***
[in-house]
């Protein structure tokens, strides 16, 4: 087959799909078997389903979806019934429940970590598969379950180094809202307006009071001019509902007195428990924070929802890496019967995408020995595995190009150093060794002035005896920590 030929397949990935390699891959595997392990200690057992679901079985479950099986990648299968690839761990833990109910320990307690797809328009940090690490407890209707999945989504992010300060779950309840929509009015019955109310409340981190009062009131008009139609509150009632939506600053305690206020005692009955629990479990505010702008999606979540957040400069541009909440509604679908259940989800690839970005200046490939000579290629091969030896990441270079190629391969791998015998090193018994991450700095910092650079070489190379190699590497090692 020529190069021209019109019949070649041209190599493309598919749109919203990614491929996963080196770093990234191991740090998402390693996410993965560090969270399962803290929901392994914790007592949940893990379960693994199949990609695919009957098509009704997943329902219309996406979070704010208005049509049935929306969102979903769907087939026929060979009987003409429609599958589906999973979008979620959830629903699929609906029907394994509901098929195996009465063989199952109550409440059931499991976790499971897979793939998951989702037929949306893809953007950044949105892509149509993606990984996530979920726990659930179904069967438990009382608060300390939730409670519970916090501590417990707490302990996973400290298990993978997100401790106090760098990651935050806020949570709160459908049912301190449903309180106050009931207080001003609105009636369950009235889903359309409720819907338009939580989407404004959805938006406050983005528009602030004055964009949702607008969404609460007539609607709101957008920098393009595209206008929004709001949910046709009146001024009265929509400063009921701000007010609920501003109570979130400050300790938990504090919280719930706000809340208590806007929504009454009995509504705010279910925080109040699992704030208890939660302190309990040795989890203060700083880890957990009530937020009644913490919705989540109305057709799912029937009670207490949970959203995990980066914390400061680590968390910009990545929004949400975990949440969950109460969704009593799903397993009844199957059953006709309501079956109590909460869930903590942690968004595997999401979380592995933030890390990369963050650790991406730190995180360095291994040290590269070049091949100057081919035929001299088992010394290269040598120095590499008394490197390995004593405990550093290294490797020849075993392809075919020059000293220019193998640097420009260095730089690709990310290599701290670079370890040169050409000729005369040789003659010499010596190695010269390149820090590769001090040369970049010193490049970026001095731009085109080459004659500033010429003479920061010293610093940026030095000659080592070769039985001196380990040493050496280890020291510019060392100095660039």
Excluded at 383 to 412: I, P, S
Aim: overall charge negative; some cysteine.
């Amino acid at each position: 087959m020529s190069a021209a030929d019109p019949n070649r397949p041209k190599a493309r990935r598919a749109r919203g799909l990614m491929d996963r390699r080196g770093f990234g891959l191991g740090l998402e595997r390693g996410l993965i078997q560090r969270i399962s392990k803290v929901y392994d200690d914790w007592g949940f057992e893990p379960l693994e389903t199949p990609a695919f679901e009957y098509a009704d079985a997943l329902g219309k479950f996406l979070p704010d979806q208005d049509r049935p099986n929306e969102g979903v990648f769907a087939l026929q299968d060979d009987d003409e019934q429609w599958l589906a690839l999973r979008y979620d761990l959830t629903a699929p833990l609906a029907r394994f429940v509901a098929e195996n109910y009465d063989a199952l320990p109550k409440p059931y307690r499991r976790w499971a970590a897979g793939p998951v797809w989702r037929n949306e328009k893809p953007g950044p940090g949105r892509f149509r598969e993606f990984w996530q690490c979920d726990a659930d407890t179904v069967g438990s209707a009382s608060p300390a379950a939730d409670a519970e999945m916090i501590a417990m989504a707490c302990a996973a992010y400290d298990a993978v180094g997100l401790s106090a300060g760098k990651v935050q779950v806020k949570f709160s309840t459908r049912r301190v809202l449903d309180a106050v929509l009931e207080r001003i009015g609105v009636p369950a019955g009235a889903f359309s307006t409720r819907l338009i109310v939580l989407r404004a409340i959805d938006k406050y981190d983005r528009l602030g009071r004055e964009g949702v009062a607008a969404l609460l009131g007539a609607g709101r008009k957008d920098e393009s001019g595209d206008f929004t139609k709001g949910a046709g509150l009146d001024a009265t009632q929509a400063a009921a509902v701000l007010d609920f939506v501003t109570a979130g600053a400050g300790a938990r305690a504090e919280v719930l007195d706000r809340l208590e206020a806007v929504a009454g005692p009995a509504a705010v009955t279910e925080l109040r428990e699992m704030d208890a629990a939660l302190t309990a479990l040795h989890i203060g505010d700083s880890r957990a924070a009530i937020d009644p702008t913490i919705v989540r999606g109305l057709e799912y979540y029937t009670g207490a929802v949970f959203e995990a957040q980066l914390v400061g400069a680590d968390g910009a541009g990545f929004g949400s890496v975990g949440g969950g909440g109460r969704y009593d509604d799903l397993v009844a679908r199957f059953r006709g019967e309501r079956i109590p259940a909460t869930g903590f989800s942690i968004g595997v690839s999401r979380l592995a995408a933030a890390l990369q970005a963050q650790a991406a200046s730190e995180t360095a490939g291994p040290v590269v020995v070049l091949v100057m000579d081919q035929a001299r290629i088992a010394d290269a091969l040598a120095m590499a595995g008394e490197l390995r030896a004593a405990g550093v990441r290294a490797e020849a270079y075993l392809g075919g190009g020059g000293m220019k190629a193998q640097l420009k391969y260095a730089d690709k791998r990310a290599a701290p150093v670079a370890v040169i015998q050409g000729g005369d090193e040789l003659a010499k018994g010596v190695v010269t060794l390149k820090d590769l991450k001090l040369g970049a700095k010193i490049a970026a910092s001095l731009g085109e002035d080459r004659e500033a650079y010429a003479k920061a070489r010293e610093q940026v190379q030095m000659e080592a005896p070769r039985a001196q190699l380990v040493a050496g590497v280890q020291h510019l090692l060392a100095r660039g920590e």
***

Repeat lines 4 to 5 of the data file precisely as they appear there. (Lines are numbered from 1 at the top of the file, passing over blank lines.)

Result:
Aim: overall charge negative; some cysteine.
């Amino acid at each position: 087959m020529s190069a021209a030929d019109p019949n070649r397949p041209k190599a493309r990935r598919a749109r919203g799909l990614m491929d996963r390699r080196g770093f990234g891959l191991g740090l998402e595997r390693g996410l993965i078997q560090r969270i399962s392990k803290v929901y392994d200690d914790w007592g949940f057992e893990p379960l693994e389903t199949p990609a695919f679901e009957y098509a009704d079985a997943l329902g219309k479950f996406l979070p704010d979806q208005d049509r049935p099986n929306e969102g979903v990648f769907a087939l026929q299968d060979d009987d003409e019934q429609w599958l589906a690839l999973r979008y979620d761990l959830t629903a699929p833990l609906a029907r394994f429940v509901a098929e195996n109910y009465d063989a199952l320990p109550k409440p059931y307690r499991r976790w499971a970590a897979g793939p998951v797809w989702r037929n949306e328009k893809p953007g950044p940090g949105r892509f149509r598969e993606f990984w996530q690490c979920d726990a659930d407890t179904v069967g438990s209707a009382s608060p300390a379950a939730d409670a519970e999945m916090i501590a417990m989504a707490c302990a996973a992010y400290d298990a993978v180094g997100l401790s106090a300060g760098k990651v935050q779950v806020k949570f709160s309840t459908r049912r301190v809202l449903d309180a106050v929509l009931e207080r001003i009015g609105v009636p369950a019955g009235a889903f359309s307006t409720r819907l338009i109310v939580l989407r404004a409340i959805d938006k406050y981190d983005r528009l602030g009071r004055e964009g949702v009062a607008a969404l609460l009131g007539a609607g709101r008009k957008d920098e393009s001019g595209d206008f929004t139609k709001g949910a046709g509150l009146d001024a009265t009632q929509a400063a009921a509902v701000l007010d609920f939506v501003t109570a979130g600053a400050g300790a938990r305690a504090e919280v719930l007195d706000r809340l208590e206020a806007v929504a009454g005692p009995a509504a705010v009955t279910e925080l109040r428990e699992m704030d208890a629990a939660l302190t309990a479990l040795h989890i203060g505010d700083s880890r957990a924070a009530i937020d009644p702008t913490i919705v989540r999606g109305l057709e799912y979540y029937t009670g207490a929802v949970f959203e995990a957040q980066l914390v400061g400069a680590d968390g910009a541009g990545f929004g949400s890496v975990g949440g969950g909440g109460r969704y009593d509604d799903l397993v009844a679908r199957f059953r006709g019967e309501r079956i109590p259940a909460t869930g903590f989800s942690i968004g595997v690839s999401r979380l592995a995408a933030a890390l990369q970005a963050q650790a991406a200046s730190e995180t360095a490939g291994p040290v590269v020995v070049l091949v100057m000579d081919q035929a001299r290629i088992a010394d290269a091969l040598a120095m590499a595995g008394e490197l390995r030896a004593a405990g550093v990441r290294a490797e020849a270079y075993l392809g075919g190009g020059g000293m220019k190629a193998q640097l420009k391969y260095a730089d690709k791998r990310a290599a701290p150093v670079a370890v040169i015998q050409g000729g005369d090193e040789l003659a010499k018994g010596v190695v010269t060794l390149k820090d590769l991450k001090l040369g970049a700095k010193i490049a970026a910092s001095l731009g085109e002035d080459r004659e500033a650079y010429a003479k920061a070489r010293e610093q940026v190379q030095m000659e080592a005896p070769r039985a001196q190699l380990v040493a050496g590497v280890q020291h510019l090692l060392a100095r660039g920590e």